Hear what Uppsala University researchers have to say on different hot societal issues. Here you will find facts, new viewpoints and knowledge that is both deep and broad.
Growing knowledge about heart disease
14 februari 2020
Cardiovascular diseases now account for every other death in the western world. Heart attacks are the most common cause of death worldwide and the global incidence is increasing. Research on cardiovascular diseases has great breadth in Uppsala. Here are a few examples from recent news reports.
Spotlight on diabetes
08 november 2019
Diabetes is one of our major health scourges. The disease is increasing in prevalence worldwide and an estimated 640 million people will be affected by 2040. In Sweden, more than half a million people have diabetes. Most of them suffer from type 2 diabetes. However, among Swedish children type 1 diabetes is the most common chronic disease – a disease for which there is currently no cure.
Spotlight on working life
22 oktober 2018
How do you build computer systems without compromising your work environment? Are robots a threat to wage development? What obstacles do newly arrived Swedes meet in the labour market? There are many challenges in today’s working life and a lot of research is ongoing in the area. Here are some examples.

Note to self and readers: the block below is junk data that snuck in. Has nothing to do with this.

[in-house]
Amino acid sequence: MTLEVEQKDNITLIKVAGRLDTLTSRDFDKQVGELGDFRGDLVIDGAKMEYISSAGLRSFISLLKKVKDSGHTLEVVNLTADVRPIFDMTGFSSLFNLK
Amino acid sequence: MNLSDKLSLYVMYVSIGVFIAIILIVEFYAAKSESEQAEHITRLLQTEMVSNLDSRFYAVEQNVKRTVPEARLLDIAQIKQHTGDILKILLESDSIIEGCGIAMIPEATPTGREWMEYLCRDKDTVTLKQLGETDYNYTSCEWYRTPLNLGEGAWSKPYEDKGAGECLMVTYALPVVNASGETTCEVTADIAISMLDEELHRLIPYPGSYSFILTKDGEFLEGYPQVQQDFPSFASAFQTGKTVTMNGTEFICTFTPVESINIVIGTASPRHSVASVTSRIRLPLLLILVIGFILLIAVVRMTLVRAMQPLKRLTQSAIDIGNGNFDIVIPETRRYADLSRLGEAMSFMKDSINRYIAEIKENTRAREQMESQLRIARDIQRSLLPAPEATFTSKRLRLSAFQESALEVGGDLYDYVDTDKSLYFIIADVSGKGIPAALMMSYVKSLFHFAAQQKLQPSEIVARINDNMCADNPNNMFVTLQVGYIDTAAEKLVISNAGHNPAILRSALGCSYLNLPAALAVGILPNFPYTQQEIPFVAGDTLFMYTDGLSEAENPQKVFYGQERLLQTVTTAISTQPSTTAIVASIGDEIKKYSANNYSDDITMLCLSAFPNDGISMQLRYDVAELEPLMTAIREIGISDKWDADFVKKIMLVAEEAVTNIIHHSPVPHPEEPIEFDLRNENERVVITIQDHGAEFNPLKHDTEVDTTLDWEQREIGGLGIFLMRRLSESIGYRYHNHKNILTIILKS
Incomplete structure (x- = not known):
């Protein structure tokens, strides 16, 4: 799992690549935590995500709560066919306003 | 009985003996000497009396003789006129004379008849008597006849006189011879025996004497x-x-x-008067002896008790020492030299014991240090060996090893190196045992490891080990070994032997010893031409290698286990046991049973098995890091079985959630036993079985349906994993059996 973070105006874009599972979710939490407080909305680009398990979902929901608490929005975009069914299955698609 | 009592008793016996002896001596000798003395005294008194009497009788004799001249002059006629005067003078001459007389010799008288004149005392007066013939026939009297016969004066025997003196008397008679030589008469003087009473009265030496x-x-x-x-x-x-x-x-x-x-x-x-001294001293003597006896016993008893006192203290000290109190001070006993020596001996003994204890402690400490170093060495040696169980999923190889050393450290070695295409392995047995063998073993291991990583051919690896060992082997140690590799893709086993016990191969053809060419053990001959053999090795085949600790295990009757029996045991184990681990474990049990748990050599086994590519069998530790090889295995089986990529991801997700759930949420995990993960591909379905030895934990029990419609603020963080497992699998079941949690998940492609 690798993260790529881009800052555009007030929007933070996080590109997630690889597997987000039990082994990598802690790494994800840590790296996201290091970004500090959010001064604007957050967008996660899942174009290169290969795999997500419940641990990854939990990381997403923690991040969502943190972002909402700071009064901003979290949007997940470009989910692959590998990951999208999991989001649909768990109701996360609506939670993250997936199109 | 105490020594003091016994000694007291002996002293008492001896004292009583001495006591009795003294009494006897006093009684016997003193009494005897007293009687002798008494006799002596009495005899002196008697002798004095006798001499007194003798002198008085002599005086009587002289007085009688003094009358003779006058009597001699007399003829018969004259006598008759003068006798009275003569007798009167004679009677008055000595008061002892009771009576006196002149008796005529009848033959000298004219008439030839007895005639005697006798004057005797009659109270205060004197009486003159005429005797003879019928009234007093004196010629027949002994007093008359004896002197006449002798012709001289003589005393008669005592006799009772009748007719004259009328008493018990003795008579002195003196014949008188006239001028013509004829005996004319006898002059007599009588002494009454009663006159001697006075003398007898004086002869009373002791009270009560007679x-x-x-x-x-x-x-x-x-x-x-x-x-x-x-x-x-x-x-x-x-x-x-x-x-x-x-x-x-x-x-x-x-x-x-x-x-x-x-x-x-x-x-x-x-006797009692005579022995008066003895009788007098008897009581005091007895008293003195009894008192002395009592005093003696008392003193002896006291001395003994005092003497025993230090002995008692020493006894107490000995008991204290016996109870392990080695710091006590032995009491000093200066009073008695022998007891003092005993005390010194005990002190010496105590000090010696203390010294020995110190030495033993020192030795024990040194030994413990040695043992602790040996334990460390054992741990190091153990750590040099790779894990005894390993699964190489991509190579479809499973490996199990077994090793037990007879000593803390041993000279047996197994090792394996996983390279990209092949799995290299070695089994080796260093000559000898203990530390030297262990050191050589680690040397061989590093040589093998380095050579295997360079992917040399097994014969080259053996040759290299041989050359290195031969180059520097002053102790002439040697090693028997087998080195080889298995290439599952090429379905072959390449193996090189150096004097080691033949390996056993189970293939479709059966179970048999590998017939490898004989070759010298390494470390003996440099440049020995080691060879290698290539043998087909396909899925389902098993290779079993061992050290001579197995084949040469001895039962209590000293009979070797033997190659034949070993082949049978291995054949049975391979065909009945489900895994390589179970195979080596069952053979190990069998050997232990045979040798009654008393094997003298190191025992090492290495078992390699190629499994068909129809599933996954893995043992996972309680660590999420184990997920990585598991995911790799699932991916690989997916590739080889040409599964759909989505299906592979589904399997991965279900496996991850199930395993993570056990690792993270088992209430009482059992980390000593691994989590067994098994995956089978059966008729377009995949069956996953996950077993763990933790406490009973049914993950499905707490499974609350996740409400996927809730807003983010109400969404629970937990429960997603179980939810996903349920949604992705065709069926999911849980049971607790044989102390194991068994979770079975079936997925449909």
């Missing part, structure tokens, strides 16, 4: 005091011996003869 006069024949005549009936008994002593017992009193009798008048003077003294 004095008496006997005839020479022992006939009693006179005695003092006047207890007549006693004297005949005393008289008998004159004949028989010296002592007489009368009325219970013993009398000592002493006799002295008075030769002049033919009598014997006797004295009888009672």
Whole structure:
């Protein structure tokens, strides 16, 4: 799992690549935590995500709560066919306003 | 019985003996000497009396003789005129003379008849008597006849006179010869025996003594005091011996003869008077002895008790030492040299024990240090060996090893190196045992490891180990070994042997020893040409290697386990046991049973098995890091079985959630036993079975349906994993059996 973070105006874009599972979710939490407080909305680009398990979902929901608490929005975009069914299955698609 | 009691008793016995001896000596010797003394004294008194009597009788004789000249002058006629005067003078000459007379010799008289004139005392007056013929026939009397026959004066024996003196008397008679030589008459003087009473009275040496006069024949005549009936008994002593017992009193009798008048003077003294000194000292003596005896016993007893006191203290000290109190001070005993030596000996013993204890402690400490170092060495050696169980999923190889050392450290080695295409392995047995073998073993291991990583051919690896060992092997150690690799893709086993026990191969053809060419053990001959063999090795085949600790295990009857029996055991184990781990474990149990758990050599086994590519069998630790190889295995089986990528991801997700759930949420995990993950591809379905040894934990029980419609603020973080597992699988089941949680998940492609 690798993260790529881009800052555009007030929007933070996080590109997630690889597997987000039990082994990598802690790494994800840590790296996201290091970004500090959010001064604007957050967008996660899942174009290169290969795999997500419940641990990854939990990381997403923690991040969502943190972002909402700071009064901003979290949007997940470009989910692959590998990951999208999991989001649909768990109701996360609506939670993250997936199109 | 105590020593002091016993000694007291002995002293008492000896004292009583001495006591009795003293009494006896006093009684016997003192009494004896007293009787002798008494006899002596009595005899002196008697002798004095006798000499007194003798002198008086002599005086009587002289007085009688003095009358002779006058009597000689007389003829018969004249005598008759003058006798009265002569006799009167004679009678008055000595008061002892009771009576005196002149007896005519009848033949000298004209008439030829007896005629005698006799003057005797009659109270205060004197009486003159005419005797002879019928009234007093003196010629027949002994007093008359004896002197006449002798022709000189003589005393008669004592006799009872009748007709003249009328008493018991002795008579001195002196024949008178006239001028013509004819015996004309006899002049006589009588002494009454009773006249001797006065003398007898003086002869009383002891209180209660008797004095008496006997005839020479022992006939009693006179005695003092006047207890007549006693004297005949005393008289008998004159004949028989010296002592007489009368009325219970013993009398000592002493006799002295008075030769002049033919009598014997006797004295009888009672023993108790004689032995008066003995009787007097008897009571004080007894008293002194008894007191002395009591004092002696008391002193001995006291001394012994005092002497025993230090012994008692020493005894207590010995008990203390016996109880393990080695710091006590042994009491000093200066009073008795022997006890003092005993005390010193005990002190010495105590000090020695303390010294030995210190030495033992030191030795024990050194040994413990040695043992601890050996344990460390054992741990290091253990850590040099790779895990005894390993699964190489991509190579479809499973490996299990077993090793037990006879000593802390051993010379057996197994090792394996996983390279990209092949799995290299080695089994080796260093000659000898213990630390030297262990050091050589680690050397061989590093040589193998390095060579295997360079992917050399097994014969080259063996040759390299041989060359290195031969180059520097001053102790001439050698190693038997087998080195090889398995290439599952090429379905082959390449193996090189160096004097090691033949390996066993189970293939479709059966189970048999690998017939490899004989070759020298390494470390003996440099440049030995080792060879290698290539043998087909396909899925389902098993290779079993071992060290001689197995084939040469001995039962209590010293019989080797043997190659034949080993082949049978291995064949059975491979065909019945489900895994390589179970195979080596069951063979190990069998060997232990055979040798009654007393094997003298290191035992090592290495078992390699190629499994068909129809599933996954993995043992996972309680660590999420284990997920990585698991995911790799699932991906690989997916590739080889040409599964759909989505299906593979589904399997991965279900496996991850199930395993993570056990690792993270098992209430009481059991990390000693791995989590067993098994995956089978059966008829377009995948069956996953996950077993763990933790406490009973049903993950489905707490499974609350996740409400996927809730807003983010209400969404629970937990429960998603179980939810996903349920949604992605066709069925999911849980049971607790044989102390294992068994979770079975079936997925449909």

Spotlight on antibiotic resistance
10 november 2017
Antibiotics save lives all around the world every day. But the growing problem of bacterial resistance is a serious public health threat. If we are not able to overcome the difficulties of developing new antibiotics and making sure that they are made available worldwide, antibiotic resistance will continue to be one of the greatest threats to healthcare across the globe.
What will happen if, for example, the Nordic nations switch to renewable energy? What changes would it bring and what new demands would it make on our electricity system? Several green energy solutions are being studied at Uppsala University. Some, like wind and solar power, are already on the market, while others are at an exploratory stage. Scientists have found a way to extract energy from bacteria, for instance.
Thanks to advances in treatment options, the chances of surviving cancer are better than ever before. However, new forms of therapy are expensive and there is a risk that the number of cancer cases will double in the next 25 years. Despite major advances, medical science is facing ever greater challenges. At Uppsala University, however, researchers are positive about the future. Here we showcase a few examples of all the ongoing research on cancer.
Democracy means government by the people, but how is the will of the people realised? In recent years, populist parties critical of parts of our democratic systems have won growing numbers of votes in general elections. One of democracy’s problems today is ‘alternative facts’ or half-truths being spread online. What news can one actually trust?